"It could have gone either way," admits Hiromichi Tanaka, the genial Square Enix senior vice president who was tasked with overseeing the production of Final Fantasy XI. "It could have been a massive failure, it could have been a massive success. However, the general idea - the general plan that we had, of how it would work, has lived up to expectations. It's almost miraculously kept to the expectations that we had."
Indeed, as the game launches in Europe today - hot on the heels of the announcement that Square Enix is working on another MMORPG set for launch in 2005, called Fantasy Earth: The Ring of Dominion - there's little doubt that the firm's online ambitions have been realised, commercially if not creatively.
"Currently, our registered PlayOnline users are about half a million - we've definitely gone over half a million now," Tanaka tells us. "If you want to know how many characters there are... Last time we did a check there were 1.2 million, but we're expecting it to be between 1.4 and 1.5 million characters right now. A lot of people have two or three characters. So that's just the general population of the world at the moment."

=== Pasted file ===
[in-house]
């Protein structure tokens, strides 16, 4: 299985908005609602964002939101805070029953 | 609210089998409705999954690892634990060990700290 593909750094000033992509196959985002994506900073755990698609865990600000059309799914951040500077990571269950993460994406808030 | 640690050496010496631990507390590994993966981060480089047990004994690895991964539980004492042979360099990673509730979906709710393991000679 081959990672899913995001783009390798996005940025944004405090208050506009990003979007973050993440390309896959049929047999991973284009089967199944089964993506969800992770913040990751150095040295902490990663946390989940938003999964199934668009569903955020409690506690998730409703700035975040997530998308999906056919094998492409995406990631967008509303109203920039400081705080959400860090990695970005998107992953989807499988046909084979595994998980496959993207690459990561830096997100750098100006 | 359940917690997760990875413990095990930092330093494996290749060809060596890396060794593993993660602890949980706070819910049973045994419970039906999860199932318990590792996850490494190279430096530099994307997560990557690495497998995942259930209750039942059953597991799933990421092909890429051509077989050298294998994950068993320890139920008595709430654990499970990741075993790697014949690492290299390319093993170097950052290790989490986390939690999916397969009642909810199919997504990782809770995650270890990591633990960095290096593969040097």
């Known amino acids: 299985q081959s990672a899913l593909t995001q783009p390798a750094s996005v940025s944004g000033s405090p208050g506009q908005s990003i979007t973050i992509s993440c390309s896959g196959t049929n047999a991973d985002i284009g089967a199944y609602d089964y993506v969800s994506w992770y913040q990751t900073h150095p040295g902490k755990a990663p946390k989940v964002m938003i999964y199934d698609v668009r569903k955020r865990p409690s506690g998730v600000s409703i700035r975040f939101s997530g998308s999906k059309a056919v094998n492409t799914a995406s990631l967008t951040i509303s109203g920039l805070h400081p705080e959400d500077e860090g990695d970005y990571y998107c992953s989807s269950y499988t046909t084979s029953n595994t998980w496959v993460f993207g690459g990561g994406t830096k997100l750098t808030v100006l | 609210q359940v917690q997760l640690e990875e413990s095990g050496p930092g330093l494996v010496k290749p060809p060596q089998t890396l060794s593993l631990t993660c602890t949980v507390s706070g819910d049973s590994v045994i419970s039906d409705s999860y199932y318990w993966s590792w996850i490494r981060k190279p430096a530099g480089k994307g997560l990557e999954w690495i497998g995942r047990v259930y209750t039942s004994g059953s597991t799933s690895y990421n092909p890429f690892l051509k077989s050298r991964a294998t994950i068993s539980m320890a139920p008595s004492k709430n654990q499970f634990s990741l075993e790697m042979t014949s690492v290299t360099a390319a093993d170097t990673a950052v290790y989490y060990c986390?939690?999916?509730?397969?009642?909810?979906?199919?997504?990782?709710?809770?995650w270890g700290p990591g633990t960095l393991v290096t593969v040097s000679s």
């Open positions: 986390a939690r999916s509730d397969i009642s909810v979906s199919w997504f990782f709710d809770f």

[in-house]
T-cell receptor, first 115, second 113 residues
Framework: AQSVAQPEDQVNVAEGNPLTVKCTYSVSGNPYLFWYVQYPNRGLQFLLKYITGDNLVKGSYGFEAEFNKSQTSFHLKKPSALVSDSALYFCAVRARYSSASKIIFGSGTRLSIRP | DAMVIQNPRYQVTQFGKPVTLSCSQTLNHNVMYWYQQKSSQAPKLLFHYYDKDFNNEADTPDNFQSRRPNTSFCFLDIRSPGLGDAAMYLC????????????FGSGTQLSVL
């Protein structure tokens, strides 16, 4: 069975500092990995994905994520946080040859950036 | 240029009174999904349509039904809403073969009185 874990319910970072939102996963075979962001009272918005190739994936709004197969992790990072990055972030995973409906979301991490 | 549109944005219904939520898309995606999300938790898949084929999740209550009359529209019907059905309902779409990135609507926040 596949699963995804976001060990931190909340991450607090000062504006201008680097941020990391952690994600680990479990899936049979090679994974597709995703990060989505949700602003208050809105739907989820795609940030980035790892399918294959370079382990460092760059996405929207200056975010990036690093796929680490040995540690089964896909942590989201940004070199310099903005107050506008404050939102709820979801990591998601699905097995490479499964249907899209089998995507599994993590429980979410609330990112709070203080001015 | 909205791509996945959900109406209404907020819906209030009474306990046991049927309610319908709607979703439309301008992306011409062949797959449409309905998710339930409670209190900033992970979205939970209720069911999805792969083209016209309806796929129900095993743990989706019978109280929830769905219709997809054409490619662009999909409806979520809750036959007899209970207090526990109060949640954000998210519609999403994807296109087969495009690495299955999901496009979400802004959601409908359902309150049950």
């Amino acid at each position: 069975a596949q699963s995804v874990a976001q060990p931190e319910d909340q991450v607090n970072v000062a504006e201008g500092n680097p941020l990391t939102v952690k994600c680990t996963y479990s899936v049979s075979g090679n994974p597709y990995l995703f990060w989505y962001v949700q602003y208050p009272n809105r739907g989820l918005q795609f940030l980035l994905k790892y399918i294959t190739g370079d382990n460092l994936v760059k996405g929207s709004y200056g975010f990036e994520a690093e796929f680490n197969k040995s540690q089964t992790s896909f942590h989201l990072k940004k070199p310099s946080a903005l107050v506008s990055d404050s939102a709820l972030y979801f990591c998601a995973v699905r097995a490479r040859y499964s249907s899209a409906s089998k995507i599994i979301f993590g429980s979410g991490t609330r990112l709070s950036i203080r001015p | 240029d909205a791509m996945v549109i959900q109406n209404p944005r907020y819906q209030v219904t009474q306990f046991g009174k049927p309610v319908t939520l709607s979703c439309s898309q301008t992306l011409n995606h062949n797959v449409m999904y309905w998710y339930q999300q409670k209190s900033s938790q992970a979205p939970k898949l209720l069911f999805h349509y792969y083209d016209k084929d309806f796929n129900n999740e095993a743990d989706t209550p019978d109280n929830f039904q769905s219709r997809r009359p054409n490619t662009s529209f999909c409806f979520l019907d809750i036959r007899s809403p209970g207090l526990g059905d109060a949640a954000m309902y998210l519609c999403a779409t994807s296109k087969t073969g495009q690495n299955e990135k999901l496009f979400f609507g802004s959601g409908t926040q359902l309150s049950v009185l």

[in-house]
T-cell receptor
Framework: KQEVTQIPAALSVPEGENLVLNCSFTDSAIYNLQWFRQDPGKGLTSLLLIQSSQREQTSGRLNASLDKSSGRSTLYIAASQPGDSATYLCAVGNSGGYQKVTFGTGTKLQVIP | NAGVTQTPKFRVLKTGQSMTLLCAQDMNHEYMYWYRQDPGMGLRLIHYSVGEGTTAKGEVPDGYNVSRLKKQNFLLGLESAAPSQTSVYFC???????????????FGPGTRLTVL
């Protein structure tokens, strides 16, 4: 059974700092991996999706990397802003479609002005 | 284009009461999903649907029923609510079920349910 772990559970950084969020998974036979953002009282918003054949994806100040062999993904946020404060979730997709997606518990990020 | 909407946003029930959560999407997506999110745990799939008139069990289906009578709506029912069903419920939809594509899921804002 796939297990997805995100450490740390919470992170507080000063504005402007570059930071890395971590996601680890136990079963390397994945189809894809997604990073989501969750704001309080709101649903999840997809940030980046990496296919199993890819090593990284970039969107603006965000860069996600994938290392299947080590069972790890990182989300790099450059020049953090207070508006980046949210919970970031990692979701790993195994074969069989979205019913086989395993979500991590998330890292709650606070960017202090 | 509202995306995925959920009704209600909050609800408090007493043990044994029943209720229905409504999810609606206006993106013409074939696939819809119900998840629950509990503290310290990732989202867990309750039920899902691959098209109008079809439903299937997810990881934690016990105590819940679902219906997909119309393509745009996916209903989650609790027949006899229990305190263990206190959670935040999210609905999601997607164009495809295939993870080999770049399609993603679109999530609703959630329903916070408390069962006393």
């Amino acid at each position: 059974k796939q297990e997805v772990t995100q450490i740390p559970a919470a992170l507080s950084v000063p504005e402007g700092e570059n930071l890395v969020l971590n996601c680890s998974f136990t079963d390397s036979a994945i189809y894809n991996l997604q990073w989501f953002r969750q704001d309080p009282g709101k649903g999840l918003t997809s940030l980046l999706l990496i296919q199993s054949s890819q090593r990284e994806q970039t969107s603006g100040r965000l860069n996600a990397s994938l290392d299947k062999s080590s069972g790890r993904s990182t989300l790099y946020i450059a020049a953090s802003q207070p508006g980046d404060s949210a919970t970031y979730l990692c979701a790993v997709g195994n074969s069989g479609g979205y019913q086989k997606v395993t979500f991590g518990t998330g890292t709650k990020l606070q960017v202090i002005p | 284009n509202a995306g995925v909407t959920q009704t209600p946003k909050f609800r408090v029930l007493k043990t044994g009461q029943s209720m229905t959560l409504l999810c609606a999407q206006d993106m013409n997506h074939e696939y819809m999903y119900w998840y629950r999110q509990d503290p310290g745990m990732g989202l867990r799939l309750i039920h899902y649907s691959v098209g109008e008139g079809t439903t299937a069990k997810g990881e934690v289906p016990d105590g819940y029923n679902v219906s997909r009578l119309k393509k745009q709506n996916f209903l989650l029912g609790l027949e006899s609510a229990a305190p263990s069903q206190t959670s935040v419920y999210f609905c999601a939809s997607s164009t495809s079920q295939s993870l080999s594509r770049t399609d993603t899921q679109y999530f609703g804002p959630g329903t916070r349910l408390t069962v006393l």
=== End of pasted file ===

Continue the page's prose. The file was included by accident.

Naturally, given this success, Square Enix now has its eye on future online development. As well as adding new expansion packs to Final Fantasy XI - the latest of which, Chains of Promathia, launched this week and is provided for free with the European edition of the game - the company is also considering its options regarding next-generation consoles.
"Of course, we intend to keep the original Final Fantasy XI going," Tanaka assures us. "Although we're releasing only the PC version in Europe, in Japan and America we've already released the PS2 version, and of course the PS2 won't be around forever. Within a few years the PS2 will probably be phased out for PS3, and you'll also have the Xbox 2 arriving and things like that coming on to the scene."